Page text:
Safe to Fail

I’ve been spending a fair bit of time in WoW recently, attempting to mash it into the PLTS framework to see what comes out the other end. More on that to come. In this post I want to talk about failing and how we’re not doing it nearly as often as we should.

The thing about learning to fail is that you learn that it’s actually not so bad. You develop skills to help you manage it, to come back afterwards. But we’re scared of it. We’ve built a system where failing is a big bad thing, and we must avoid it at all costs.

Distinctly Average

The problem with that is it breeds mediocrity. The hardest part of my role is dealing with the fear of change, the unknown. It is safer to stick with what we know, maintain the status quo. You see it in individuals and in whole institutions. You can’t fail if you don’t push it too hard.

This attitude means we end up falling into a trap where we can easily do the same to our students. At the big scary end of school you must pass your exams to get to the next thing. Want to create an environment that’ll scare you about failing? Not being allowed to carry on if you do will achieve that.

I don’t have a huge problem with this though. We need goals to challenge us, targets we are motivated to achieve. Succeeding at a difficult task is such a positive experience, we can’t take that away.

My problem is that because the fail is scary rather than building confidence to think they can do it, it’s safer make the task easier.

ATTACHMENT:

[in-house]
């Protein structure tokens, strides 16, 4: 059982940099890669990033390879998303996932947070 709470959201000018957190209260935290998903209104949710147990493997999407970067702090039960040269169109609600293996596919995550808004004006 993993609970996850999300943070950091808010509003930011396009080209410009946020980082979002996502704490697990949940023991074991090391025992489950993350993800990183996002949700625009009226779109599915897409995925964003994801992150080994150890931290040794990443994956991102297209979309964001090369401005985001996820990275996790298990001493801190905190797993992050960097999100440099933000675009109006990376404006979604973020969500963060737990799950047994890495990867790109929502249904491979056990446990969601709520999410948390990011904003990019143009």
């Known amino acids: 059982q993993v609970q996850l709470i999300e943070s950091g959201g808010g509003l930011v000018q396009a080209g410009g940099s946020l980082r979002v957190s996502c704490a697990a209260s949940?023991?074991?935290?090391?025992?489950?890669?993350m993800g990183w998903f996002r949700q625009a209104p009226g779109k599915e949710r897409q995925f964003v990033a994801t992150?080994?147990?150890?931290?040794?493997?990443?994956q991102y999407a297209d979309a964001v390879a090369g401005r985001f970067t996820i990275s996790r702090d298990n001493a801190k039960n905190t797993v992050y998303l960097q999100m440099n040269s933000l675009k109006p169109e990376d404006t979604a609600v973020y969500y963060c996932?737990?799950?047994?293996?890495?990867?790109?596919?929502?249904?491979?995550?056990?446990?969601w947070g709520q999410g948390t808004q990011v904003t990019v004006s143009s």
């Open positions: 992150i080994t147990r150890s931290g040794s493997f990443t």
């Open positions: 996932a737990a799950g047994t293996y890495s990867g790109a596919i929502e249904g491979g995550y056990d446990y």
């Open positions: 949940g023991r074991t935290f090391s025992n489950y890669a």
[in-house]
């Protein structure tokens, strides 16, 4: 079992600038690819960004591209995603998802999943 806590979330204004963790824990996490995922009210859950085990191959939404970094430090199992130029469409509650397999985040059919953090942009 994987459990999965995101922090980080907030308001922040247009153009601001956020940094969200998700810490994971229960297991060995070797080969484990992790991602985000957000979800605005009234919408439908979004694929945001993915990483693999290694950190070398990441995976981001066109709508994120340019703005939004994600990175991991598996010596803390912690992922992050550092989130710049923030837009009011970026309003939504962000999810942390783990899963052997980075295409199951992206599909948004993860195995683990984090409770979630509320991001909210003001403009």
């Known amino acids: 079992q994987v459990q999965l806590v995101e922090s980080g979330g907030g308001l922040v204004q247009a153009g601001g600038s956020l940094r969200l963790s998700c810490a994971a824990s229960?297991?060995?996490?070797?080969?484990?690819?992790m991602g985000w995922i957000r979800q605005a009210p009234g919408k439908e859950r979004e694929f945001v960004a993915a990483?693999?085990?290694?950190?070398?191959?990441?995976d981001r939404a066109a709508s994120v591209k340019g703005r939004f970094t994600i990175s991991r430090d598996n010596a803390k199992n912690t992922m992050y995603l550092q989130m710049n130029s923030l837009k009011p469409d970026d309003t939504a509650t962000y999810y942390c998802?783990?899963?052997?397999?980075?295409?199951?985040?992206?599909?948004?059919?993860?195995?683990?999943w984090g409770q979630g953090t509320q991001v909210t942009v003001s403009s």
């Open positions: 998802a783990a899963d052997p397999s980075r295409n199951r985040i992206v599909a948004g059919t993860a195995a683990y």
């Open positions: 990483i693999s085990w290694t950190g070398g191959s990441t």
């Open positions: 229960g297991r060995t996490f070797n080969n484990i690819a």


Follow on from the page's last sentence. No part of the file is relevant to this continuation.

Take the BTEC in X because it’s an easy way to 5 GCSEs rather than doing that triple science you’re not smart enough for, improve this coursework by doing Y in order to tick enough boxes on the mark scheme, your current grades mean you should do the foundation paper and get a safe C grade rather than risking the higher, and so on.


In the game world the tasks don’t get easier the more you fail. There isn’t an easy way round a hard obstacle, you just have to persevere. What we in schools need to learn from games is why people come back to them, again and again.

One reason is because it’s safe to fail. I’m happy to admit that in WoW I die fairly frequently. When you die in WoW you become a ghost, a little gravestone appears on your map and you have to head off and find your body. Once you’ve found it you carry on from where you left off, having learned from your mistake.

The quest doesn’t become any easier to accommodate my poor play, I don’t get a man over my shoulder telling me which button to press. I reflect on my own performance and adapt, all the time knowing that if I’m still not quite successful I can just have another go.

I’ll finish with a McGonigal quote:

“When we’re playing a well-designed game, failure doesn’t disappoint us. It makes us happy in a very particular way: excited, interested, and most of all optimistic”

Image source- red fail by griffithchris

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